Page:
Many Communists, propagandists, useful idiots and other assorted anti-constitutional politicians promote the lie that America leads the world in mass shootings. They do this especially following a mass shooting in the States, especially one at a school. Not only do they fail to realize that many of their own actions have made America’s schools soft targets by implementing them as “gun free zones,” a place where more than 90% of mass shootings take place in America, but they often lie about the numbers they quote and completely disregard the verifiable evidence of just how much worse it is outside the USA. So, in a recent op-ed, John Lott, president of the Crime Prevention Research Center, and Michael Weisser, former professor of history at Columbia University, have sought to set the record straight.
Pointing to Barack Hussein Obama Soetoro Sobarkah’s words, “The one thing we do know is that we have a pattern now of mass shootings in this country that has no parallel anywhere else in the world” and then pointed to a then-unpublished paper by criminologist Adam Lankford.
Lankford’s claim received coverage in hundreds of news stories all over the world. It still gets regular coverage. Purporting to cover all mass public shootings around the world from 1966 to 2012, Lankford claimed that the United States had 31 percent of public mass shooters despite having less than 5 percent of the population.
But this isn’t nearly correct. The whole episode should provide a cautionary tale of academic malpractice and how evidence is often cherry-picked and not questioned when it fits preconceived ideas.
Lankford’s study reported that over the 47 years there were 90 public mass shooters in the United States and 202 in the rest of world. Lankford hasn’t released his list of shootings or even the number of cases by country or year. We and others, both in academia and the media, have asked Lankford for his list, only to be declined. He has also declined to provide lists of the news sources and languages he used to compile his list of cases.
These omissions are important because Lankford’s entire conclusion would fall apart if he undercounted foreign cases due to lack of news coverage and language barriers.
Lankford cites a 2012 New York Police Department report which he claims is “nearly comprehensive in its coverage of recent decades.” He also says he supplemented the data and followed “the same data collection methodology employed by the NYPD.” But the NYPD report warns that its own researchers “limited [their] Internet searches to English-language sites, creating a strong sampling bias against international incidents,” and thus under-count foreign mass shootings.
The two then pointed to a new report that was put out by Lott’s Crime Prevention Research Center. That report uses the very same definition of mass public shootings that Lankford also used.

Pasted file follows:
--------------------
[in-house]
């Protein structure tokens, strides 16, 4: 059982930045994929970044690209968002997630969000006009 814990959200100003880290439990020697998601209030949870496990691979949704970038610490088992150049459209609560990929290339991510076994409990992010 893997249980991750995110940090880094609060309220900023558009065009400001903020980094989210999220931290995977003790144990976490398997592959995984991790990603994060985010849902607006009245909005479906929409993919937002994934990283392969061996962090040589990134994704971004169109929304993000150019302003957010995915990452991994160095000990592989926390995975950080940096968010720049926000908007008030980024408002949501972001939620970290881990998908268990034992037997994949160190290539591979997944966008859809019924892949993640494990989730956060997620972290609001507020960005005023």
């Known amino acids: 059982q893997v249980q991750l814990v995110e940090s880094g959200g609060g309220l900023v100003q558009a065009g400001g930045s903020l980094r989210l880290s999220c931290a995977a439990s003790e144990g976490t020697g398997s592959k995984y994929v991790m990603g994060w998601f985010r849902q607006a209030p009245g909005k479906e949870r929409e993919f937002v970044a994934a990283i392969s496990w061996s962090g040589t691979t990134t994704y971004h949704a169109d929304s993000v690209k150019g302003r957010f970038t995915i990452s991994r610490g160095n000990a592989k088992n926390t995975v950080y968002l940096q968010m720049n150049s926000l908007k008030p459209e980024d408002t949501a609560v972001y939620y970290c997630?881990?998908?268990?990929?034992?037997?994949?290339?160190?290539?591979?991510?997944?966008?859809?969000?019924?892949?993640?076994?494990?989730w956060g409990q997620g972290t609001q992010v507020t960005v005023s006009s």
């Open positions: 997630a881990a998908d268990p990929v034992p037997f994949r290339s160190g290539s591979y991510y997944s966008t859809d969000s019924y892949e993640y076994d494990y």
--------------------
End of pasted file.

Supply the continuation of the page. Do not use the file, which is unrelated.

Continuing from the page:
However, here’s what they discovered:
We know of no way to discover most of the cases where four people have been shot to death in an incident in Africa or many other parts of the world during the 1960s, 1970s, 1980s or even 1990s, and that is the reason the new study just looked at the last 15 years from 1998 to 2012 of the 47 years he examined.
Lankford’s data grossly undercount foreign attacks. We found 1,423 attacks outside the United States. Looking at just a third of the time Lankford studied, we still found 15 times as many shooters.
Even when we use coding choices that are most charitable to Lankford, such as excluding any cases of insurgencies or battles over territory, his estimate of the US share of shooters falls from 31 percent to 1.43 percent. It also accounts for 2.1 percent of murders, and 2.88 percent of their attacks. All these are much less than the United States’ 4.6 percent share of the population.
Of the 86 countries where we have identified mass public shootings, the US ranks 56th per capita in its rate of attacks and 61st in mass public shooting murder rate. Norway, Finland, Switzerland and Russia all have at least 45 percent higher rates of murder from mass public shootings than the United States.
“When Lankford’s data is revised, the relationship between gun ownership rates and mass public shooters disappears,” Lott and Weisser write. “How could that be? One possibility is that guns don’t just enable mass shooters; gun owners can also deter and prevent such shootings. Another is that culture — not gun ownership — is a bigger factor in shootings.”
That’s interesting, isn’t it? You see, quite often in the media, they will attempt to cite raw numbers without pulling back and seeing the big picture, which then, makes the case more clearly for those who support the right to keep and bear arms and for the government to have no say in restricting or regulating those arms.
I’ve written about those like Senator Chris Murphy (D-CT) and citing bad data from lying Michael Bloomberg organizations. I’ve pointed out incredible mass shootings that virtually no one talks about anymore, including two of the deadliest school shootings in history that occurred outside the US, one that claimed over 2,000 lives and another that resulted in over 300 killed and over 800 injured.
All of the talk about gun confiscation, gun control and mass shootings in the media and from politicians is for one end, and that end is so that law-abiding citizens are left defenseless and the government and criminals are the ones with guns, and we all know how that turns out when it’s accomplished.
Article posted with permission from Freedom Outpost